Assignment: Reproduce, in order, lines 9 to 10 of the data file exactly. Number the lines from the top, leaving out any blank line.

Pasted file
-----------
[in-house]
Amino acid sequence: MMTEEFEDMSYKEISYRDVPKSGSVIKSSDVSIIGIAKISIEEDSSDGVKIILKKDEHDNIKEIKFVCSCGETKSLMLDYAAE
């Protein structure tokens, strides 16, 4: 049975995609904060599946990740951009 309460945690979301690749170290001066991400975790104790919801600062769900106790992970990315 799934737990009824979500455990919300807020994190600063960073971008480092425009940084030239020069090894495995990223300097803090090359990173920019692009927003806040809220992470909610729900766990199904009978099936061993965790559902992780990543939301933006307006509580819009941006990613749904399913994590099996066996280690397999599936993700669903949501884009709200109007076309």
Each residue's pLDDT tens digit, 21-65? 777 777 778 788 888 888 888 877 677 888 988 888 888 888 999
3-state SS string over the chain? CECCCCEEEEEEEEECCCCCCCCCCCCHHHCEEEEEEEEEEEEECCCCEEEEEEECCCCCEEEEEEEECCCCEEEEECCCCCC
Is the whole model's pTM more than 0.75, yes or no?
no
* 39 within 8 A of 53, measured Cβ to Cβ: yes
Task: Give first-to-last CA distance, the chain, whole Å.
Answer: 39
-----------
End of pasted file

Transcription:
Task: Give first-to-last CA distance, the chain, whole Å.
Answer: 39